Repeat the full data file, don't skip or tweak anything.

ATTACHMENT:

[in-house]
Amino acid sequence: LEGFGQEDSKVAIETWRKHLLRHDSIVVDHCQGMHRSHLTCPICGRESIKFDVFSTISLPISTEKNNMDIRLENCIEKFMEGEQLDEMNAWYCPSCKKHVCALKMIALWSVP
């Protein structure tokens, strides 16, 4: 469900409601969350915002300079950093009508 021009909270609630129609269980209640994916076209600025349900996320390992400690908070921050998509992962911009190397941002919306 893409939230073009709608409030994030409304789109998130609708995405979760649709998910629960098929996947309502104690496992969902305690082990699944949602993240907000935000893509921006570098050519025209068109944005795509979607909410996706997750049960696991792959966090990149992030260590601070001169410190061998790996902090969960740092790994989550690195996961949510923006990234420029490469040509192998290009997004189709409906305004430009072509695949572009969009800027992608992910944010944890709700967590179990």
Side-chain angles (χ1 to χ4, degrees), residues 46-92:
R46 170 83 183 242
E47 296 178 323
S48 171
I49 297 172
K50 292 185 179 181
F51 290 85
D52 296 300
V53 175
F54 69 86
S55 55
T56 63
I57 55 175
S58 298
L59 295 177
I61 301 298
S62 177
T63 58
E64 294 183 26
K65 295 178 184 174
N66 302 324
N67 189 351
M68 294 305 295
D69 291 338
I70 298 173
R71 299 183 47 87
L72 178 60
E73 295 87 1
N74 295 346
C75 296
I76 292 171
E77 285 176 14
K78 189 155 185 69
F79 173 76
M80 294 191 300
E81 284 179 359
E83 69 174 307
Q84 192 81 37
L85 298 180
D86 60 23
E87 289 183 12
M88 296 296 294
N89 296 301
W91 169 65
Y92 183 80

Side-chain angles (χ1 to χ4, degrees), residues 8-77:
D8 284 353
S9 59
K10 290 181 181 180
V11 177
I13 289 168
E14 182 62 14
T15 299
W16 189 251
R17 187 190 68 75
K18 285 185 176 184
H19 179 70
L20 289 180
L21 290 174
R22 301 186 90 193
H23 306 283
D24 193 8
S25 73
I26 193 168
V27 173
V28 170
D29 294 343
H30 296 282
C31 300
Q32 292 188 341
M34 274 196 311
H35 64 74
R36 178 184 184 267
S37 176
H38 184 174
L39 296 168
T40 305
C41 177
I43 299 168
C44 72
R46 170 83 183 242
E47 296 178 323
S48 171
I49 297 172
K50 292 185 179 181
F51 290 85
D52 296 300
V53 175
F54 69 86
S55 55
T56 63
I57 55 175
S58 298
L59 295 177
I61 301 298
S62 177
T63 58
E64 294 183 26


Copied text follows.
[in-house]
Amino acid sequence: LEGFGQEDSKVAIETWRKHLLRHDSIVVDHCQGMHRSHLTCPICGRESIKFDVFSTISLPISTEKNNMDIRLENCIEKFMEGEQLDEMNAWYCPSCKKHVCALKMIALWSVP
């Protein structure tokens, strides 16, 4: 469900409601969350915002300079950093009508 021009909270609630129609269980209640994916076209600025349900996320390992400690908070921050998509992962911009190397941002919306 893409939230073009709608409030994030409304789109998130609708995405979760649709998910629960098929996947309502104690496992969902305690082990699944949602993240907000935000893509921006570098050519025209068109944005795509979607909410996706997750049960696991792959966090990149992030260590601070001169410190061998790996902090969960740092790994989550690195996961949510923006990234420029490469040509192998290009997004189709409906305004430009072509695949572009969009800027992608992910944010944890709700967590179990």
Side-chain angles (χ1 to χ4, degrees), residues 46-92:
R46 170 83 183 242
E47 296 178 323
S48 171
I49 297 172
K50 292 185 179 181
F51 290 85
D52 296 300
V53 175
F54 69 86
S55 55
T56 63
I57 55 175
S58 298
L59 295 177
I61 301 298
S62 177
T63 58
E64 294 183 26
K65 295 178 184 174
N66 302 324
N67 189 351
M68 294 305 295
D69 291 338
I70 298 173
R71 299 183 47 87
L72 178 60
E73 295 87 1
N74 295 346
C75 296
I76 292 171
E77 285 176 14
K78 189 155 185 69
F79 173 76
M80 294 191 300
E81 284 179 359
E83 69 174 307
Q84 192 81 37
L85 298 180
D86 60 23
E87 289 183 12
M88 296 296 294
N89 296 301
W91 169 65
Y92 183 80

Side-chain angles (χ1 to χ4, degrees), residues 8-77:
D8 284 353
S9 59
K10 290 181 181 180
V11 177
I13 289 168
E14 182 62 14
T15 299
W16 189 251
R17 187 190 68 75
K18 285 185 176 184
H19 179 70
L20 289 180
L21 290 174
R22 301 186 90 193
H23 306 283
D24 193 8
S25 73
I26 193 168
V27 173
V28 170
D29 294 343
H30 296 282
C31 300
Q32 292 188 341
M34 274 196 311
H35 64 74
R36 178 184 184 267
S37 176
H38 184 174
L39 296 168
T40 305
C41 177
I43 299 168
C44 72
R46 170 83 183 242
E47 296 178 323
S48 171
I49 297 172
K50 292 185 179 181
F51 290 85
D52 296 300
V53 175
F54 69 86
S55 55
T56 63
I57 55 175
S58 298
L59 295 177
I61 301 298
S62 177
T63 58
E64 294 183 26